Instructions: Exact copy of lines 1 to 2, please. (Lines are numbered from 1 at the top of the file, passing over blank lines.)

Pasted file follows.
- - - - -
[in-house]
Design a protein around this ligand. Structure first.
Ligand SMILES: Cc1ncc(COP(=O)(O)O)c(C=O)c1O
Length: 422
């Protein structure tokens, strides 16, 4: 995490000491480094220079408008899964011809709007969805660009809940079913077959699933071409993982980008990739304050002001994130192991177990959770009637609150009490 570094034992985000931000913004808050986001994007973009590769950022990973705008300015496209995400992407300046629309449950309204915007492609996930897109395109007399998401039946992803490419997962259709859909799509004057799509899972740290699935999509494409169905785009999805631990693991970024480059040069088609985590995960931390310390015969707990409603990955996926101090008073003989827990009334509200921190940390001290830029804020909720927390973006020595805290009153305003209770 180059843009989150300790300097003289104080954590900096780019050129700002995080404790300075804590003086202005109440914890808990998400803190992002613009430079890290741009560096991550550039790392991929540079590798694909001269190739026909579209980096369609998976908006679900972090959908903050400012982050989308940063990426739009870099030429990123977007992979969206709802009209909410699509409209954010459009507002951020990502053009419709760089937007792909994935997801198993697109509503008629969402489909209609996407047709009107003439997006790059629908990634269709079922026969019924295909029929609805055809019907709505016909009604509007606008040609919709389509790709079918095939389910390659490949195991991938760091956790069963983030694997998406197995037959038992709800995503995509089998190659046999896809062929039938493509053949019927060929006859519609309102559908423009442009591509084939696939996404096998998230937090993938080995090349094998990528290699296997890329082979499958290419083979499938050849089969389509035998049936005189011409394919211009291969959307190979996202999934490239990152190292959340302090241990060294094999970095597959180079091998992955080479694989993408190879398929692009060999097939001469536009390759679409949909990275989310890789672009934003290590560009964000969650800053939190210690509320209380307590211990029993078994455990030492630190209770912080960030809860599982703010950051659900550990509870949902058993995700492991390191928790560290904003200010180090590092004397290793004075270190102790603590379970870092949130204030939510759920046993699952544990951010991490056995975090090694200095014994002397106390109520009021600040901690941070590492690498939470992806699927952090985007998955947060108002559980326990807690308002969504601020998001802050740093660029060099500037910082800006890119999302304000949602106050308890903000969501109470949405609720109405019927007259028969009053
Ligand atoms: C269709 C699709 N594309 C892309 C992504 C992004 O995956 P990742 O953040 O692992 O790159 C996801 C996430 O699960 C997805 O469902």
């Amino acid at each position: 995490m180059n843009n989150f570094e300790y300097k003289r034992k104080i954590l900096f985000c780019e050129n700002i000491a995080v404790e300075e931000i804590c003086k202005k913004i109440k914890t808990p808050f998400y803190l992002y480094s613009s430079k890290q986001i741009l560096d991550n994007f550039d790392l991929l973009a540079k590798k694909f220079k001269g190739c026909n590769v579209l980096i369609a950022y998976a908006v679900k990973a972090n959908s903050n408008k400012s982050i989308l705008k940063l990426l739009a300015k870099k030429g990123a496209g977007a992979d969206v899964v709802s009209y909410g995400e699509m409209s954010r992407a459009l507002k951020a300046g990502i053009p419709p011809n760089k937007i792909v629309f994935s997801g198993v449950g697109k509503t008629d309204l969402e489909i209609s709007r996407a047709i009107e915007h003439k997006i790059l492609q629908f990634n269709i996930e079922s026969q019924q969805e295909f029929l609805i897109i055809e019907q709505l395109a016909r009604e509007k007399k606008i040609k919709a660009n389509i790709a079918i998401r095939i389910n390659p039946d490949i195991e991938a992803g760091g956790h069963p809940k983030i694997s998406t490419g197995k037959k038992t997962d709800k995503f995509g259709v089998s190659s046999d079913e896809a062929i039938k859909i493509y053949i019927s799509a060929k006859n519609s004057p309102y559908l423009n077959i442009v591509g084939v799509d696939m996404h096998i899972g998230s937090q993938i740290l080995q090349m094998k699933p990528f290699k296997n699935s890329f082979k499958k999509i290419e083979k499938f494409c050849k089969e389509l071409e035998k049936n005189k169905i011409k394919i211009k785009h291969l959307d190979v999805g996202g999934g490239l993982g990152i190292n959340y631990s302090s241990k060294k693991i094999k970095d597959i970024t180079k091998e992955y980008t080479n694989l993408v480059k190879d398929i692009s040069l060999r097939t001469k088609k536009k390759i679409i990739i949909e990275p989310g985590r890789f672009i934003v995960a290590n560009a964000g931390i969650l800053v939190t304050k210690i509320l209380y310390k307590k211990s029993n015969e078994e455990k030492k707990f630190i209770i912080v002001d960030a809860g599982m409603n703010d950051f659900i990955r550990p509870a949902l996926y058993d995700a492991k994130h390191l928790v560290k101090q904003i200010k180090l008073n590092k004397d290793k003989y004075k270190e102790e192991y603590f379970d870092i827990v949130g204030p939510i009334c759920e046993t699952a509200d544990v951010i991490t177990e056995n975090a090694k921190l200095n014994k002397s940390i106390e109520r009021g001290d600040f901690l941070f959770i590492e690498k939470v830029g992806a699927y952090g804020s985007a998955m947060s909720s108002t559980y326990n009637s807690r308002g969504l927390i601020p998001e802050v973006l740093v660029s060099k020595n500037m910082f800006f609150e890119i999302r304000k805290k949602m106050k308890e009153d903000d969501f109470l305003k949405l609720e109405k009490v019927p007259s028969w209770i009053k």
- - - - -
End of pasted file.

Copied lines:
[in-house]
Design a protein around this ligand. Structure first.